HOME >> BIOLOGY >> NEWS
High HIV RNA levels major risk factor for mother-to-child HIV transmission

Lynne Mofenson, M.D., of NICHD's Pediatric, Adolescent and Maternal AIDS Branch. This study was supported by NICHD, NIAID and NHLBI.

PACTG 185 compared the effectiveness of AZT alone versus AZT plus immune globulin containing HIV-1 antibodies in preventing perinatal HIV transmission. The trial was designed to learn if the spread of HIV from mother to child could be reduced further by the addition of immune globulin. PACTG 185 was stopped early after the rate of mother-to-infant transmission was found to be only 5 percent for both groups.

As reported in the current issue of NEJM, Dr. Mofenson and her colleagues investigated the factors associated with transmission of HIV in this study. The researchers measured HIV levels in blood samples from 497 HIV-infected pregnant women, all of whom received AZT or AZT in combination with other drugs. Their infants were tested for HIV at birth, and at ages 6 weeks, 6 months and 1 year.

The investigators found that women who had higher levels of HIV-1 RNA in their blood were most likely to bear a child who was infected with the virus.

They also measured other factors that might increase the chances for transmitting HIV from mother to child. These included the numbers of CD4+ T cells, the amount of virus that could be cultured from blood, and the presence of an infection of the membrane containing amniotic fluid at delivery, called chorioamnionitis. Many of these factors were found to increase the risk of HIV transmission when considered alone. However, when all factors were evaluated together, only levels of HIV RNA were found to predict the likelihood of HIV infection.

The risk of transmission was lowest in women with undetectable viral RNA (fewer than 500 copies of viral RNA per ml of blood). None of the 84 women who had undetectable RNA levels at entry into the study and none of the 107 women who had undetectable RNA levels at delivery transmitted HIV to their infants. However, transmission did oc
'"/>

Contact: John Bowersox
jbowersox@nih.gov
301-402-1663
NIH/National Institute of Allergy and Infectious Diseases
4-Aug-1999


Page: 1 2 3 4 5

Related biology news :

1. Blue marlin in gulf have high mercury levels, A&M study shows
2. Flame retardant levels much higher in farmed salmon
3. Excess levels of nitrogen, phosphorus linked to deformed frogs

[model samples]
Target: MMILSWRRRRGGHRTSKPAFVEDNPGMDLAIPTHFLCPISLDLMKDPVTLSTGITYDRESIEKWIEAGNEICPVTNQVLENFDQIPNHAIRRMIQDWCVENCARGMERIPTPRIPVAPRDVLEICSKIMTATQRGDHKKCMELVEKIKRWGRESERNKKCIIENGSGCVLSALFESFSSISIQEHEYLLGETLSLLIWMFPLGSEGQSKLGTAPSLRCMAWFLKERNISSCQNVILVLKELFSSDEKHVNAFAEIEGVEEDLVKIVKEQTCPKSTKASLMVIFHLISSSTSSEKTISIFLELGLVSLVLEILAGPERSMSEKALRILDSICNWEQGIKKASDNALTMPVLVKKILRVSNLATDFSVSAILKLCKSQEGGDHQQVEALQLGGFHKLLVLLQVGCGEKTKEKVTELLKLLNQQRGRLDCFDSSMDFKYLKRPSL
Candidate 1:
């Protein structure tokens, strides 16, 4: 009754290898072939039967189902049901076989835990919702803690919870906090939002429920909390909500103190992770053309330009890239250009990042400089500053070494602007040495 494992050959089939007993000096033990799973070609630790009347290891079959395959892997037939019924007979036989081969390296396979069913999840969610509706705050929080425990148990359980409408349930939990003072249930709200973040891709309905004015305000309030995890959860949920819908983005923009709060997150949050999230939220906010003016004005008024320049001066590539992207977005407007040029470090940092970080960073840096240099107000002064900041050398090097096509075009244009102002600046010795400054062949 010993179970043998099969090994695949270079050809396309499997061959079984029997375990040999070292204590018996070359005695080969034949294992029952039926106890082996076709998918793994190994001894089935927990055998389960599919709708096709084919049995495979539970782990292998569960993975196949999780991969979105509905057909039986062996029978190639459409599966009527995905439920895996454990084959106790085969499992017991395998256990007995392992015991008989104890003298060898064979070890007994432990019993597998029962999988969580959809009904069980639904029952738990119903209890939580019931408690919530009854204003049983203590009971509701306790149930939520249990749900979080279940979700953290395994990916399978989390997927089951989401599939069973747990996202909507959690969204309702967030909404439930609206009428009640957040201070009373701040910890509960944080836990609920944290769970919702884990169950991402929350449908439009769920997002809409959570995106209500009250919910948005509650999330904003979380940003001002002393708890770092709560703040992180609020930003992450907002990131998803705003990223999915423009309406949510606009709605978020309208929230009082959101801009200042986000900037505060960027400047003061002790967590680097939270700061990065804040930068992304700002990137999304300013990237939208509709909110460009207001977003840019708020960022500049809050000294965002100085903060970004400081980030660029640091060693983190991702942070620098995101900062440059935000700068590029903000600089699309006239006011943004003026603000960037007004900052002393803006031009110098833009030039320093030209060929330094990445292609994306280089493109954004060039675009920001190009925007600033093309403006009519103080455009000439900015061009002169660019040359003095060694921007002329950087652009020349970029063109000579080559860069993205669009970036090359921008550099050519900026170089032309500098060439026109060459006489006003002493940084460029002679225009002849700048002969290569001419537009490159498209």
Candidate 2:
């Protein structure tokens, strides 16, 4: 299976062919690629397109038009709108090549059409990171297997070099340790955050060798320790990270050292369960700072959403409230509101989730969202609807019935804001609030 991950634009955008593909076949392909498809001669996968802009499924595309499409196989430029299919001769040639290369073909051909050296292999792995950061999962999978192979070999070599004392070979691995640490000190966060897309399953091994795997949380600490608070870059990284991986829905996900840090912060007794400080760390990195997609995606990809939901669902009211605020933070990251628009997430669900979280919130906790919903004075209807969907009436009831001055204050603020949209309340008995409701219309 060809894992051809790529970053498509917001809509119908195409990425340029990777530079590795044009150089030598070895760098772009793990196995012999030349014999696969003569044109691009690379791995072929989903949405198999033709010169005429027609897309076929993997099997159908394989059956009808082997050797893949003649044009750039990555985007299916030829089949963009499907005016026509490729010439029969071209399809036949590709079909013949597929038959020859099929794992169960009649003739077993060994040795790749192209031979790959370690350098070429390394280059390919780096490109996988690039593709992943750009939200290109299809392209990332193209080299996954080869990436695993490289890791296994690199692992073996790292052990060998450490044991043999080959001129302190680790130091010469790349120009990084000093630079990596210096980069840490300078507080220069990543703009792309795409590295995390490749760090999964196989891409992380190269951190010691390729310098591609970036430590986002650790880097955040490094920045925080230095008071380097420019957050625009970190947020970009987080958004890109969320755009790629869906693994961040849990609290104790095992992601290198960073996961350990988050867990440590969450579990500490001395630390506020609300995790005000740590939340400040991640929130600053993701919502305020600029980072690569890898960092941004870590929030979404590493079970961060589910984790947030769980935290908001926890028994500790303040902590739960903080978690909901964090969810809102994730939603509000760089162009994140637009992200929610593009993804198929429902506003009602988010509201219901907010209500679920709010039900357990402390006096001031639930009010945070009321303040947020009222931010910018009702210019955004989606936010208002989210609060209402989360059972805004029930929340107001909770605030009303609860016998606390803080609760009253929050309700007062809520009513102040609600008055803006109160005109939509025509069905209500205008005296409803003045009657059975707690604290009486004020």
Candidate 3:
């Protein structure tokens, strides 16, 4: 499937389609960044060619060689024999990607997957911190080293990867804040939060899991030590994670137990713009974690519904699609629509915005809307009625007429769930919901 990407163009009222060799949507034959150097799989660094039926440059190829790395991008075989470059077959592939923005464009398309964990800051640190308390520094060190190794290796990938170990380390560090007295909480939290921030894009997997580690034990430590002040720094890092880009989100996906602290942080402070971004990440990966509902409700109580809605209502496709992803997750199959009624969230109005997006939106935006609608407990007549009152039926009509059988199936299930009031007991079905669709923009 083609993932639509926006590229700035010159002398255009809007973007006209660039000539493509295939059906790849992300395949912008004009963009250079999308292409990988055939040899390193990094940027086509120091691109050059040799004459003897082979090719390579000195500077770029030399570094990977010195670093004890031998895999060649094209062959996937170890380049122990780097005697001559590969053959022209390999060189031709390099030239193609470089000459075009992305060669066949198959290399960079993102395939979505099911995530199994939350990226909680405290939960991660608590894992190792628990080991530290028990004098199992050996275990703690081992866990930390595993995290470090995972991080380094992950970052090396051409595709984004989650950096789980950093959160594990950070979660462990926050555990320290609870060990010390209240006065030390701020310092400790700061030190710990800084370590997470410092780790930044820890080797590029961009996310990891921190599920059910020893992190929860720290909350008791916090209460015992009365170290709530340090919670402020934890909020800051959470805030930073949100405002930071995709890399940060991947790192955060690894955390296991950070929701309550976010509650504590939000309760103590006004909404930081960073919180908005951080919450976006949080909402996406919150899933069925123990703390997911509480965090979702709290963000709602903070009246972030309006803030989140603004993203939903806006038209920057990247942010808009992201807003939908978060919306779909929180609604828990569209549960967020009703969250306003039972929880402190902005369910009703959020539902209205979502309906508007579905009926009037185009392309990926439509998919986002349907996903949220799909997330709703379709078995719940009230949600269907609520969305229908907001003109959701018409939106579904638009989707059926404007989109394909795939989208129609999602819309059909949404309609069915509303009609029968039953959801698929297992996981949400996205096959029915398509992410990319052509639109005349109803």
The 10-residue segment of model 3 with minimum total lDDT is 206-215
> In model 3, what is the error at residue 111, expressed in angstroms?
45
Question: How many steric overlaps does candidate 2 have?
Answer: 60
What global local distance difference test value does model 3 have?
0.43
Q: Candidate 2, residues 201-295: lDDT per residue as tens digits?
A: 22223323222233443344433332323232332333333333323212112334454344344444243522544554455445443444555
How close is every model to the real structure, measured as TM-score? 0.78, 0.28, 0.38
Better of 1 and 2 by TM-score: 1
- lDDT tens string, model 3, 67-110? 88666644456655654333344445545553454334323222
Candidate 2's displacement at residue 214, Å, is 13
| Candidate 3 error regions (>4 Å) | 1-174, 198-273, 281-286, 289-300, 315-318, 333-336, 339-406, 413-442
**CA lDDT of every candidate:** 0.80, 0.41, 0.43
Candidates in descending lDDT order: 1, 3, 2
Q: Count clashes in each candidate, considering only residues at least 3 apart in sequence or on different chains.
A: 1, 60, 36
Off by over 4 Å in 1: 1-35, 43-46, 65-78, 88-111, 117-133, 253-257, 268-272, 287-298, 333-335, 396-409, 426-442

4. Maternal DHA levels plays important role in infant development
5. Moderate alcohol consumption increases plasma levels of a protective hormone
6. Sediments in many Central Valley streams contain toxic levels of pyrethroid pesticides
7. Could vitamins raise levels of bad cholesterol? Animal study suggests they might
8. Newly discovered gene controls levels of bad cholesterol in mice
9. U.S. Presidents budget proposal means 5-year cuts well below historic levels
10. Lakes with zebra mussels have higher levels of toxins, MSU research finds
11. Faster carbon turnover in basal food-chain levels in aquatic than terrestrial ecosystems

Post Your Comments:
*Name:
*Comment:
*Email:
TAG: High HIV RNA levels major risk factor for mother child HIV transmission

(Date:7/24/2014)... Acoustic disturbance has different effects on different species ... the Universities of Bristol and Exeter which tested ... sooner to a flying seagull predator model when ... observed in European minnows. , Lead author ... Sciences said: "Noise levels in many aquatic environments ...
(Date:7/24/2014)... current biodiversity, the product of 3.5 billion years of ... history of life. But it may be reaching a ... literature and analysis of data published in Science ... loss and decline of animals is contributing to what ... sixth mass biological extinction event. , Since 1500, more ...
(Date:7/24/2014)... multi-institutional team of researchers has developed a new nanoscale ... noninvasive method for assessing the function and properties of ... better diagnosis and treatment of gut diseases. ... bowel syndrome and inflammatory bowel disease all occur in ... in patients with diseases such as diabetes and Parkinson,s. ...
Breaking Biology News(10 mins):Stanford biologist warns of early stages of Earth's 6th mass extinction event 2Stanford biologist warns of early stages of Earth's 6th mass extinction event 3New imaging agent provides better picture of the gut 2
(Date:7/24/2014)...  Now available is a stem cell therapy that ... , located in Guadalajara, Mexico , ... new health option: stem cell therapies for sports ... suffer from joint and muscle injuries due to professional ... rotator cuff, tennis elbow, and knee injuries. Throughout life ...
(Date:7/24/2014)... to materialise. Yet, scientists are making progress in ... One such approach relies on quantum dotsa kind ... electric field. A new study demonstrates that changing ... (TQDs) with electrical impulses can help better control ... be used as quantum information units, which would ...
(Date:7/24/2014)... (PRWEB) July 24, 2014 Your ... advances in modeling lithium-ion battery storage capacity. , ... from a theoretical model created at Lawrence ... that predicts how carbon components will perform ... storage emphasizes the urgent need for higher-performance batteries. ...
(Date:7/24/2014)... July 24, 2014  Neogen Corporation (Nasdaq: ... of its potential revenue from new rodenticide research are ... and analysts on July 22, 2014, Neogen,s CEO commented ... this research. "It was my intent Tuesday ... potential of a new type of rodenticide, but certainly ...
Breaking Biology Technology:Stem Cells In Sports Injuries, Joints And Muscular Pain 2Stem Cells In Sports Injuries, Joints And Muscular Pain 3Getting More Life out of Lithium-ion Batteries 2Neogen comments on SenesTech 2
Cached News: